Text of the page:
- Dispose of trash properly. Food scraps and wastes should be placed in trash bins with lids that can be closed tightly.
- Have a plumber check for leaks in and around the home and have these repaired immediately.
- Remove paper materials, cardboard boxes, and old newspapers from your home.
- Ask a handyman to check your home for cracks and holes in the walls and floorings and have these sealed right away.
Then, use our ZAPS line of DIY pesticides in your home.
ZAPS pesticides work better than traditional household pesticides because they address the sources of infestation.
- For use against mosquitoes.
- Contains temephos 2%, a larvicide that’s been tested and proven effective against mosquito and fly larvae.
- Flush 2 tablets of ZAPS Teme Tablet down your toilet. Once the tablets make contact with the water in your septic tank, the temephos is activated and starts killing larvae immediately.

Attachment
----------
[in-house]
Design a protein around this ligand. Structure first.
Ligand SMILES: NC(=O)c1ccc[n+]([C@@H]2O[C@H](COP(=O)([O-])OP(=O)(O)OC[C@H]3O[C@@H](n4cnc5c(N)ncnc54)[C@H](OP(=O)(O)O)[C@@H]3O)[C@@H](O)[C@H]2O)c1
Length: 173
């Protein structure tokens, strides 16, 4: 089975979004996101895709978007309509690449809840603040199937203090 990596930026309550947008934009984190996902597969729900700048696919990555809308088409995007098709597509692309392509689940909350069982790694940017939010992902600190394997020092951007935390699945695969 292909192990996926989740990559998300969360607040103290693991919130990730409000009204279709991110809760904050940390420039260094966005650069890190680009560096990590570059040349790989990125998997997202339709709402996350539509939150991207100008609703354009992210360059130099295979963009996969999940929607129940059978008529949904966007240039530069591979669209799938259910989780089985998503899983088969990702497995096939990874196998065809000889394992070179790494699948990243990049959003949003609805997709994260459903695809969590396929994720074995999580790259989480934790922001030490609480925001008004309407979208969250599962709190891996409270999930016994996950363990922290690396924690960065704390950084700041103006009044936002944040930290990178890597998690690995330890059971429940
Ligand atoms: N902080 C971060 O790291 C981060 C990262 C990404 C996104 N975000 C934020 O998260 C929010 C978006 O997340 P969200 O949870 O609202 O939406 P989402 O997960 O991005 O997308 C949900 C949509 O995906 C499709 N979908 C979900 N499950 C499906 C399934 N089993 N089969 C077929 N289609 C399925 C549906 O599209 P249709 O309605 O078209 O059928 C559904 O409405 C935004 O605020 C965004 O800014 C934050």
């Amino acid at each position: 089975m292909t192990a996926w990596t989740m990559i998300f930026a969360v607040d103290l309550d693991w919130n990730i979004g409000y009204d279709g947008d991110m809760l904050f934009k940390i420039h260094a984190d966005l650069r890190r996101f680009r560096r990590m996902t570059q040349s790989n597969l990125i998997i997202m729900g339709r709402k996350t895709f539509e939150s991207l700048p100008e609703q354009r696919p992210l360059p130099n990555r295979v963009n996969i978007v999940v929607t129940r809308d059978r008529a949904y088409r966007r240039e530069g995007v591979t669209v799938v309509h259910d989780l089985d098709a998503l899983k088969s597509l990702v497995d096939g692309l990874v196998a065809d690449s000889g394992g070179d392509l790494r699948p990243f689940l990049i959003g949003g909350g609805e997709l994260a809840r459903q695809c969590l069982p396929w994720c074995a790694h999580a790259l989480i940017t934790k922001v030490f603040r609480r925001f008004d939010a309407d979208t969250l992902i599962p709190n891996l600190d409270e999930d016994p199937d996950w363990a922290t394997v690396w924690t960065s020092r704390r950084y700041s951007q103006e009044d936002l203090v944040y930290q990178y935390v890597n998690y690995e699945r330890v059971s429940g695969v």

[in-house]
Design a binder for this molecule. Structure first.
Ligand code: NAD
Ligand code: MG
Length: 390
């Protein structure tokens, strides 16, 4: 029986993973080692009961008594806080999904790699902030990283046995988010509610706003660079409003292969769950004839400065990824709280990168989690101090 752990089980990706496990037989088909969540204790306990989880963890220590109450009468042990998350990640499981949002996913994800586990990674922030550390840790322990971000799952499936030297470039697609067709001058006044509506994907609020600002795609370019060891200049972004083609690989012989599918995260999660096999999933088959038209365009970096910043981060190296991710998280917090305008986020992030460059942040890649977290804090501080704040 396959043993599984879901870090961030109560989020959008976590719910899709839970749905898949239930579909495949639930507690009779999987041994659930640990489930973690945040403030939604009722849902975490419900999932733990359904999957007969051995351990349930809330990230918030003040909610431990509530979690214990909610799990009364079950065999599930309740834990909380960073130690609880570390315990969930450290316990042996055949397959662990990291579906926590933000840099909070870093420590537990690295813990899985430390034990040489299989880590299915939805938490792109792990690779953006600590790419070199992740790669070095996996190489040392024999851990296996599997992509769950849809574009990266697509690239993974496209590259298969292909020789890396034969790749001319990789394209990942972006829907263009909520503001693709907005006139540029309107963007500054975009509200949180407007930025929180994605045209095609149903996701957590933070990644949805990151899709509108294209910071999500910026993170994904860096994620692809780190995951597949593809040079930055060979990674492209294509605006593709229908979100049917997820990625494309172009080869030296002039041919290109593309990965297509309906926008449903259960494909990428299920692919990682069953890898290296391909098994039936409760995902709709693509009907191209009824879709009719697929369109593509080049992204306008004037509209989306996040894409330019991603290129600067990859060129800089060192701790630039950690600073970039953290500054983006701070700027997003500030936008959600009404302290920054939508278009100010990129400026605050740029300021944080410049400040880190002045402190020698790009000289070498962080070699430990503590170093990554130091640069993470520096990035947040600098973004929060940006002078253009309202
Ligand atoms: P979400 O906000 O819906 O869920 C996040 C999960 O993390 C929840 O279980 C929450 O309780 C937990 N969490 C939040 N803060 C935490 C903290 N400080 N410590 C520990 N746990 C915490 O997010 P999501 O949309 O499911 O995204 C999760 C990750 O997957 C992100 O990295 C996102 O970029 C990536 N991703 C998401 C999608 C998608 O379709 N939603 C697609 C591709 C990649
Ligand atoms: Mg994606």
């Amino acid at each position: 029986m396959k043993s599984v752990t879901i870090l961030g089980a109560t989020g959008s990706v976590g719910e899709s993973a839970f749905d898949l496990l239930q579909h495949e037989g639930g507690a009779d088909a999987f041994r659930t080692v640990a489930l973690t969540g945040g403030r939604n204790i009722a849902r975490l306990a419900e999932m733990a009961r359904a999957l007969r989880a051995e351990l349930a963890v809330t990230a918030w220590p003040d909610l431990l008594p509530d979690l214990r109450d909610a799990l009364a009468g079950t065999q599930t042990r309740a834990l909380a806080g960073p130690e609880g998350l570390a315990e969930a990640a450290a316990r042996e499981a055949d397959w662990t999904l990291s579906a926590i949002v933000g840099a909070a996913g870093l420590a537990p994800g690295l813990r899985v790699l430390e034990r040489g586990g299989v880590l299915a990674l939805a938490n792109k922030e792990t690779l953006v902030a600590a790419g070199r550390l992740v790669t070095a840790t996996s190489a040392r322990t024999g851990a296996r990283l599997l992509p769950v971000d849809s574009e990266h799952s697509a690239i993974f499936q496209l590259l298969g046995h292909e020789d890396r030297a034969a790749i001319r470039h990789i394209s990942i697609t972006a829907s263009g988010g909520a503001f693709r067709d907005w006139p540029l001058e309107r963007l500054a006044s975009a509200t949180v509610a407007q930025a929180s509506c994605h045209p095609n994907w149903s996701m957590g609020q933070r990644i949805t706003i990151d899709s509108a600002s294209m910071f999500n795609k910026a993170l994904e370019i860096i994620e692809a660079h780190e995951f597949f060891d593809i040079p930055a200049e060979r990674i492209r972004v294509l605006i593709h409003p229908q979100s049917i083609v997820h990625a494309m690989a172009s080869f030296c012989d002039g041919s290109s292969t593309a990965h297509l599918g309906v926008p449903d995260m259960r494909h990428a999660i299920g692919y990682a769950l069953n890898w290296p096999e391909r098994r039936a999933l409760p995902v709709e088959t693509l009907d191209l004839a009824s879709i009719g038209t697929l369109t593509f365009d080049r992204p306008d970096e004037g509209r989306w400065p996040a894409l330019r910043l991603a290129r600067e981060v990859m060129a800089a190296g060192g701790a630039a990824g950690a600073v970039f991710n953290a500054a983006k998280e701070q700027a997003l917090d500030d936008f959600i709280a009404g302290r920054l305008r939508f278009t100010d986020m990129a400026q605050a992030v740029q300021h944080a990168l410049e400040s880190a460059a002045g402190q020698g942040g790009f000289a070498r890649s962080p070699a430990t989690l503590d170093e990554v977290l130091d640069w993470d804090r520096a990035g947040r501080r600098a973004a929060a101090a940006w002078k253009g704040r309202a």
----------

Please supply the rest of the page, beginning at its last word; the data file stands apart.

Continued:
- ZAPS Teme Tablet remains effective for up to 5 weeks.
- Made of Hydramethylnon 1%, a slow-killing poison that’s presented in granule form to make it easy for ants to carry.
- Ants carry the granules to the colony.
- Slow-killing formula won’t alert the Queen Ant that the number of the colony has been greatly reduced. Thus, the Queen Ant won’t be compelled to lay eggs – as much as 3,500 per day.
- Simply open a blister pack of ant granules and place them near the colony or the foraging area of the ants.
- Effective against all types of ants.
- Formulated with fipronil 0.031%; a type of poison that’s irresistible to cockroaches.
- Once the cockroach eats the gel, the poison will paralyze its nervous system before eventually killing it.
- Continuous killing action; the poison will be transferred to the cockroaches that eat the dead cockroach.
- Apply a small amount of ZAPS Ultra Prime Gel inside cracks and holes in walls and underneath areas frequented by cockroaches.